The day after we arrived in Panama City we had to get our car inspected, which involved arriving in a customs complex at 6am and queuing for a ticket. They only give out 25 a day… Then when you have the ticket you wait until 8am for someone to come round, check the VIN on the vehicle and tick a bit of paper. Then, at 2pm, you have to return to a different office to get another bit of paper which authorises you to leave the country in a container ship. We at least broke up the day with a bit of absolutely incredible sushi (who knew!) in a nice air conditioned shopping mall.
Having found a place where we felt both safe sleeping and also leaving the van in the city, we had a free day to explore. It’s a large city, with a big strip of resort type hotels by the sea (although no beach worth visiting as far as we could tell). One area we discovered worth visiting was Casco Viejo – an old part of town by the port.
Once a pretty dodgy area to visit by all counts, the area had been uplifted by tourism thanks to the beautiful colonial style buildings there. It’s quite a stark contrast from the edge of the ‘old town’ to the neighbouring part of town where there’s a virtual line which separates the new investment and the remaining run down state. We grabbed a £2 uber into the old town to start exploring!
While we were there we enjoyed just wandering around, were tempted by the $9.50 geisha coffee but were too full after lunch to justify it! Also we visited the Panama Canal museum, which gave a very interesting history on the workings of how the canal failed its first attempt at being built by the French, and was finally completed by the USA. Whilst a very interesting museum, it was also incredibly thorough and we felt a little word sickened by the end of it – time for a pint! In British style we thought the brewery near to our van would be open for an afternoon pint but it didn’t open until 5pm. Surely a missed opportunity in our books…
Next we headed to the locks themselves to get a look at the canal in action. The Miraflores Locks were a great place to visit, but in hindsight probably not worth the $20 entrance fee each. We had a bit of a ‘when will we ever see this again’ approach, and also they’d sneakily closed off the free locks. That said, we spent the morning there and watched some very fascinating ships rise and fall by several metres. Having spent all the time we could there we headed to Colon, the port city where we would load Betty onto a ship!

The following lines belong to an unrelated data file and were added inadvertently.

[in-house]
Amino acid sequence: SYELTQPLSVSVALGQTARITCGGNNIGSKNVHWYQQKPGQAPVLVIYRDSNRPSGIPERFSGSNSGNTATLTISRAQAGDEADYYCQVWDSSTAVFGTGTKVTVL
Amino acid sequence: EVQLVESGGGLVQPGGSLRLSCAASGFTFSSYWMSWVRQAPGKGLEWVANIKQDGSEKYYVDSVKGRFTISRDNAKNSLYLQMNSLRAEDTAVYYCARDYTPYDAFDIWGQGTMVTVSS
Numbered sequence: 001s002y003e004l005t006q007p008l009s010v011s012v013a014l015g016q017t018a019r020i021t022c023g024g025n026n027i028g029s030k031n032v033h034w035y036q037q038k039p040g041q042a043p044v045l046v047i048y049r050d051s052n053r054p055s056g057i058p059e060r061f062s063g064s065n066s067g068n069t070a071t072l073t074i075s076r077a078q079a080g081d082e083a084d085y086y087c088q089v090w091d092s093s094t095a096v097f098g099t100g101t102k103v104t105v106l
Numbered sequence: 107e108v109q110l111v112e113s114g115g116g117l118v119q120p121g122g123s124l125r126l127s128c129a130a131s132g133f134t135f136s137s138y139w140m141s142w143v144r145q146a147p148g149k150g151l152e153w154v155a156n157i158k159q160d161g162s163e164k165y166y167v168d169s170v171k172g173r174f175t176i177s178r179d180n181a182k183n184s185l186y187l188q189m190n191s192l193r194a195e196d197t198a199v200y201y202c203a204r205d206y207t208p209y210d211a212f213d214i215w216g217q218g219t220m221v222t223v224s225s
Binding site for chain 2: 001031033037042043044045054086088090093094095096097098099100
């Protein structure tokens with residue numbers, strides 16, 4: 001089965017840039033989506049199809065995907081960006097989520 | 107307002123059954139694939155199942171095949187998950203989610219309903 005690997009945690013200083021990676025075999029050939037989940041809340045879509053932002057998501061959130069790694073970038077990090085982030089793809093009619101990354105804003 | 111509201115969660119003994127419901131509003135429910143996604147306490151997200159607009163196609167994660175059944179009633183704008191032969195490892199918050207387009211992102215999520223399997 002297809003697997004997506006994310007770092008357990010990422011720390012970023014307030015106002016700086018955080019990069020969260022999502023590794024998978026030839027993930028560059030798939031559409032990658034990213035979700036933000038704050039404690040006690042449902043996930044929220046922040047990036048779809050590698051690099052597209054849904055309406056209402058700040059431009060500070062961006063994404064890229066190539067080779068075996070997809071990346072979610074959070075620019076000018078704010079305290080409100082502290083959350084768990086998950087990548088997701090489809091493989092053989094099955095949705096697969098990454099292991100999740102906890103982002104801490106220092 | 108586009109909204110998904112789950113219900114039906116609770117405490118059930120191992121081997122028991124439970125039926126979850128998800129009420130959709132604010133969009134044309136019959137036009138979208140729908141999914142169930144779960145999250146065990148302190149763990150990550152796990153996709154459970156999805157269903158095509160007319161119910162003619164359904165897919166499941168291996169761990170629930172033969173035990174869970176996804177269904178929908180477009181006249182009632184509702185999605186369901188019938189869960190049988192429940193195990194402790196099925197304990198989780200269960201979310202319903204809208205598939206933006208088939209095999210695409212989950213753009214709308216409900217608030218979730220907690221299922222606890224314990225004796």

The day of the loading we were due to meet our agent at 7am, and we ended up dutifully waiting for almost an hour as he was predictably late. Arriving in his souped up Toyota truck it was clear that being a shipping agent pays well! We drove to the port with our container buddies and suddenly we were loading the van into a container. At that point they decided to tell us we couldn’t bring propane tanks into the container, so we frantically tried to drain our tank but knew it would take hours to do! With this in mind we did what we could and hoped for the best.
After the container was loaded we went to an office to do some paperwork which we have to say was greatly sped up by having an agent with us. Then that was it, we were at the mercy of public transport! So, on the bus back to Panama City we booked a hotel and booked a flight to Colombia the next day. We treated ourselves to an absolutely gorgeous airport hotel with a pool and air conditioning and everything you could ever want and even ate dinner right there in the hotel. Time to be true tourists! The next day it was off to Colombia, and our first port at South America on this trip.